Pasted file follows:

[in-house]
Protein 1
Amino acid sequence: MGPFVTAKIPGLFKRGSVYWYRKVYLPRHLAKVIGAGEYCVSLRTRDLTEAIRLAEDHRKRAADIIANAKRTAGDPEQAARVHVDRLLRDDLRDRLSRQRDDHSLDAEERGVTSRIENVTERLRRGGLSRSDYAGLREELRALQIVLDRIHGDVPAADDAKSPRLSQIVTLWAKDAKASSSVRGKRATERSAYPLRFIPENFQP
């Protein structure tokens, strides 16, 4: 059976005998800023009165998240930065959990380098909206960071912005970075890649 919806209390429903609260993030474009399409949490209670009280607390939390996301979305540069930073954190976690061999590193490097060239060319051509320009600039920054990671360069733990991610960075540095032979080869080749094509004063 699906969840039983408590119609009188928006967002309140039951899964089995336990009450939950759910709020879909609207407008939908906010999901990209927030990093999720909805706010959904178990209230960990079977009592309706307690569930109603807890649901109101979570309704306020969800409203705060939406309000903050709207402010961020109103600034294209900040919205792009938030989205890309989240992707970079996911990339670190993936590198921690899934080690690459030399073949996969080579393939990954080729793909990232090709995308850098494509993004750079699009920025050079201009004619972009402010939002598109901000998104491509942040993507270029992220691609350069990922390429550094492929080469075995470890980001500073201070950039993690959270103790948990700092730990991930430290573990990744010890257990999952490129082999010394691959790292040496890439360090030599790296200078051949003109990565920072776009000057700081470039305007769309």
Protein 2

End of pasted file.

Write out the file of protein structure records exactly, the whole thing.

[in-house]
Protein 1
Amino acid sequence: MGPFVTAKIPGLFKRGSVYWYRKVYLPRHLAKVIGAGEYCVSLRTRDLTEAIRLAEDHRKRAADIIANAKRTAGDPEQAARVHVDRLLRDDLRDRLSRQRDDHSLDAEERGVTSRIENVTERLRRGGLSRSDYAGLREELRALQIVLDRIHGDVPAADDAKSPRLSQIVTLWAKDAKASSSVRGKRATERSAYPLRFIPENFQP
């Protein structure tokens, strides 16, 4: 059976005998800023009165998240930065959990380098909206960071912005970075890649 919806209390429903609260993030474009399409949490209670009280607390939390996301979305540069930073954190976690061999590193490097060239060319051509320009600039920054990671360069733990991610960075540095032979080869080749094509004063 699906969840039983408590119609009188928006967002309140039951899964089995336990009450939950759910709020879909609207407008939908906010999901990209927030990093999720909805706010959904178990209230960990079977009592309706307690569930109603807890649901109101979570309704306020969800409203705060939406309000903050709207402010961020109103600034294209900040919205792009938030989205890309989240992707970079996911990339670190993936590198921690899934080690690459030399073949996969080579393939990954080729793909990232090709995308850098494509993004750079699009920025050079201009004619972009402010939002598109901000998104491509942040993507270029992220691609350069990922390429550094492929080469075995470890980001500073201070950039993690959270103790948990700092730990991930430290573990990744010890257990999952490129082999010394691959790292040496890439360090030599790296200078051949003109990565920072776009000057700081470039305007769309």
Protein 2